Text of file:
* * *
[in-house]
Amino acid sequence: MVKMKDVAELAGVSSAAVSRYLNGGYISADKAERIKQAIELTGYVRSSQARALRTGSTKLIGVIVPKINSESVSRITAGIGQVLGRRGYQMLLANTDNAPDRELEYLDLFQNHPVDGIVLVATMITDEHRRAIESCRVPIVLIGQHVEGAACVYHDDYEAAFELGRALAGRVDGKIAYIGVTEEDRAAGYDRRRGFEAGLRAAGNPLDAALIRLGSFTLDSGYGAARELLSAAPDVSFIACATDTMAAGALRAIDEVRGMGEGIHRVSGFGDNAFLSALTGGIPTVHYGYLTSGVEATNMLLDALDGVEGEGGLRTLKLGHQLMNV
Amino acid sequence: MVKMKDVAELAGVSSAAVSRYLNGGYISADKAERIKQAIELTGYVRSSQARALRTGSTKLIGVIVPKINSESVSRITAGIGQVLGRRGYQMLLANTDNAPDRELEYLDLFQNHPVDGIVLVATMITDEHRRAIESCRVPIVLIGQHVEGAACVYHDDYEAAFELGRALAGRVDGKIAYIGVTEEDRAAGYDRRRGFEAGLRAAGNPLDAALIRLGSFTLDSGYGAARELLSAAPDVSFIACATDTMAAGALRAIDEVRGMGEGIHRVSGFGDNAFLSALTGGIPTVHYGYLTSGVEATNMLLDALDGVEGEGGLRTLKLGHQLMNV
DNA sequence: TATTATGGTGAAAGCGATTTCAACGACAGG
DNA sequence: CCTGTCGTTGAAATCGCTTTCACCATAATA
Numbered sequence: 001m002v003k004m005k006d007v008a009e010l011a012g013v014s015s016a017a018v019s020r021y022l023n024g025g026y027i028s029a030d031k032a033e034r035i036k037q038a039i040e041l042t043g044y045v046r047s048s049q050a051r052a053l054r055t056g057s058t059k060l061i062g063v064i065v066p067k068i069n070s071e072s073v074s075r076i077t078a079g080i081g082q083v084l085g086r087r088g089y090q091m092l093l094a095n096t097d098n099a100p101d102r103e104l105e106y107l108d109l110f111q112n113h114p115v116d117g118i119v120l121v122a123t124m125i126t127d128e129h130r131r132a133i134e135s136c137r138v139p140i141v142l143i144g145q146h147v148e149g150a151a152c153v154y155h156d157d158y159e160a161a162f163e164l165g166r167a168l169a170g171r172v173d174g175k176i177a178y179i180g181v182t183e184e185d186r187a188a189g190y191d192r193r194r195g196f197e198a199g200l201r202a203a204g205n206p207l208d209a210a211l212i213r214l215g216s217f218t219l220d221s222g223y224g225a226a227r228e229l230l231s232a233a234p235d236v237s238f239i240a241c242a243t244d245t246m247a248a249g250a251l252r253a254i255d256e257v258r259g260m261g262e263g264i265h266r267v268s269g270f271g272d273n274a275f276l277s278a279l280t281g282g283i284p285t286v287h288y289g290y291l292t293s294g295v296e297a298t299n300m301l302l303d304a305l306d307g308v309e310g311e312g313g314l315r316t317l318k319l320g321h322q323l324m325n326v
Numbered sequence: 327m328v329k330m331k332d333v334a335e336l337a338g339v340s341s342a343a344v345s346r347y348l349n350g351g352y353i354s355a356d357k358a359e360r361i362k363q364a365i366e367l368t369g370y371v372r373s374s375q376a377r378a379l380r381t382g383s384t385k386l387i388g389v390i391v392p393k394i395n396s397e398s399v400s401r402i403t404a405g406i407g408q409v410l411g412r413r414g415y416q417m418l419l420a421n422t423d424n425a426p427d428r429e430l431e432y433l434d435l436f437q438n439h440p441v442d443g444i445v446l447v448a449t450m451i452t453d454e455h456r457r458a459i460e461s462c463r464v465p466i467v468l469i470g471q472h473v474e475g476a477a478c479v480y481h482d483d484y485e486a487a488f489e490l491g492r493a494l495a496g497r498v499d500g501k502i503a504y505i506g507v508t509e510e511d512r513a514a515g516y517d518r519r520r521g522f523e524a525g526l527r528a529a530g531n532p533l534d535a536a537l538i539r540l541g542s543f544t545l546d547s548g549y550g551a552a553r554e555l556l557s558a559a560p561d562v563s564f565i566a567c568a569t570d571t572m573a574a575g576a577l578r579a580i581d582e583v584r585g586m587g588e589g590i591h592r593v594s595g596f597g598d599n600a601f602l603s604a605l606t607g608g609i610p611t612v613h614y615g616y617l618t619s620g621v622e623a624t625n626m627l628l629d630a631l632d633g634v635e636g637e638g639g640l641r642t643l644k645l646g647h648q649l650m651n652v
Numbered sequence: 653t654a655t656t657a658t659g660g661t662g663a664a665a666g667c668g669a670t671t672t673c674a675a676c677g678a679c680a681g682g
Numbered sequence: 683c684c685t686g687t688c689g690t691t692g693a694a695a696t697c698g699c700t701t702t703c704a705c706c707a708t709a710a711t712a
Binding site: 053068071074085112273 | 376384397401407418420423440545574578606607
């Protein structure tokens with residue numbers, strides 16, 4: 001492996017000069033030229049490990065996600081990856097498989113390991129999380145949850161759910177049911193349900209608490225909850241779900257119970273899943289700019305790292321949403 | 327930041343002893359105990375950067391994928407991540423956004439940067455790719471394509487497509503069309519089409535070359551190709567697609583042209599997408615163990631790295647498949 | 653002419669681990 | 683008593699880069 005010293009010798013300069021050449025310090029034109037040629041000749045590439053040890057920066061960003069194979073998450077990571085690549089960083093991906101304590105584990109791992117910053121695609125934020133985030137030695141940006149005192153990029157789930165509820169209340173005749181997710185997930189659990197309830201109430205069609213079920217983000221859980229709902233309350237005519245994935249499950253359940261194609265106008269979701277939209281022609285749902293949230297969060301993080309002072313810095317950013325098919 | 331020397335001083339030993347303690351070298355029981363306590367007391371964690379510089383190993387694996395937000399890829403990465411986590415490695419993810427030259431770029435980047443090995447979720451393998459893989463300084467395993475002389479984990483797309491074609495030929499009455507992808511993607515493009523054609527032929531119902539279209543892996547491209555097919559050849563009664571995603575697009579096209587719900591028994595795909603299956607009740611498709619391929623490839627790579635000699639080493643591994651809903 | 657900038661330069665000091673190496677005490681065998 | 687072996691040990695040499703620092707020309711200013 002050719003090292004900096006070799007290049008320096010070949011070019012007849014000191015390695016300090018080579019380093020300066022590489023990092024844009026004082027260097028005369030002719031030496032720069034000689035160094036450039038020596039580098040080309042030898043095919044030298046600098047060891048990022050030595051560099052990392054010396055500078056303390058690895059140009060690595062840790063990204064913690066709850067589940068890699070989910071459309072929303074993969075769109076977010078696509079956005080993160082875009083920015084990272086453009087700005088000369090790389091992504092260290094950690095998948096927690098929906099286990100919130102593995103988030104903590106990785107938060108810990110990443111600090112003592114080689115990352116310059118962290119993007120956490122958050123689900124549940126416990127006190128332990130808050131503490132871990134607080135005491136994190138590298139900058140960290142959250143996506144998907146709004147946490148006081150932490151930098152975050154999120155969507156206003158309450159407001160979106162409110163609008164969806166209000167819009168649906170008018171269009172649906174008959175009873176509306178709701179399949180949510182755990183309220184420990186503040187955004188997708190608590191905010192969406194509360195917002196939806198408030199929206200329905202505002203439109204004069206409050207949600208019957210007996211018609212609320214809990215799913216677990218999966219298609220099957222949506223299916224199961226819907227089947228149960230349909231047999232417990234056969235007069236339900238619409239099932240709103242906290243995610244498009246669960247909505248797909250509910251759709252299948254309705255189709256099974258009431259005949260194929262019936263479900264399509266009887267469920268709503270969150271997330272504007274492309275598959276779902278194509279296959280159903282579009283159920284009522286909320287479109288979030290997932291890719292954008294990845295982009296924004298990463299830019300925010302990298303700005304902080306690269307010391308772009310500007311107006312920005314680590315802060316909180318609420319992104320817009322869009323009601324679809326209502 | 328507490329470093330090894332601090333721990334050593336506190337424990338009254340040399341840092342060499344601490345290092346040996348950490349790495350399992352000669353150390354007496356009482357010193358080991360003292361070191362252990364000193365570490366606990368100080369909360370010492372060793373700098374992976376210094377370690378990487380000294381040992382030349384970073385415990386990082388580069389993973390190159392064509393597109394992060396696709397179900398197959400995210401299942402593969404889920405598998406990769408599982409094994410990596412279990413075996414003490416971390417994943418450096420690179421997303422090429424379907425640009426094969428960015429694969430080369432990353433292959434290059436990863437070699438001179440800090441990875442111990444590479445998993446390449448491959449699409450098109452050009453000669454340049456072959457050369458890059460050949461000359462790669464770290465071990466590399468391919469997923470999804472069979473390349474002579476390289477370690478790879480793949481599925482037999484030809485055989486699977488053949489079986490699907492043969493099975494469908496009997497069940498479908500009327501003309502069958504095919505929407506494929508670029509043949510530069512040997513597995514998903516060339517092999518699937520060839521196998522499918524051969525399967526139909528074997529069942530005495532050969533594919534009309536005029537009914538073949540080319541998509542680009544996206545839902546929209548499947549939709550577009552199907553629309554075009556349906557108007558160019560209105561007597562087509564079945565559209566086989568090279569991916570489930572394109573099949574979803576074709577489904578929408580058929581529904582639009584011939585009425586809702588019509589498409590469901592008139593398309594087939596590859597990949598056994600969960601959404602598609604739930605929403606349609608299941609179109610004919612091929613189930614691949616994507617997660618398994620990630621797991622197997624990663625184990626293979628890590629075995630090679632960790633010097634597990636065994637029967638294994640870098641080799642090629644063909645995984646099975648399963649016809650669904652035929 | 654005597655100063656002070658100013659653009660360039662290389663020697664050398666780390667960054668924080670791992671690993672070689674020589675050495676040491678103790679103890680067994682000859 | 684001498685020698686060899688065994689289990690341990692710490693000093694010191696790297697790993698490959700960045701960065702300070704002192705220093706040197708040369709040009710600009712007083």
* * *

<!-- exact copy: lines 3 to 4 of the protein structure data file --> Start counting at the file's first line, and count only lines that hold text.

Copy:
Amino acid sequence: MVKMKDVAELAGVSSAAVSRYLNGGYISADKAERIKQAIELTGYVRSSQARALRTGSTKLIGVIVPKINSESVSRITAGIGQVLGRRGYQMLLANTDNAPDRELEYLDLFQNHPVDGIVLVATMITDEHRRAIESCRVPIVLIGQHVEGAACVYHDDYEAAFELGRALAGRVDGKIAYIGVTEEDRAAGYDRRRGFEAGLRAAGNPLDAALIRLGSFTLDSGYGAARELLSAAPDVSFIACATDTMAAGALRAIDEVRGMGEGIHRVSGFGDNAFLSALTGGIPTVHYGYLTSGVEATNMLLDALDGVEGEGGLRTLKLGHQLMNV
DNA sequence: TATTATGGTGAAAGCGATTTCAACGACAGG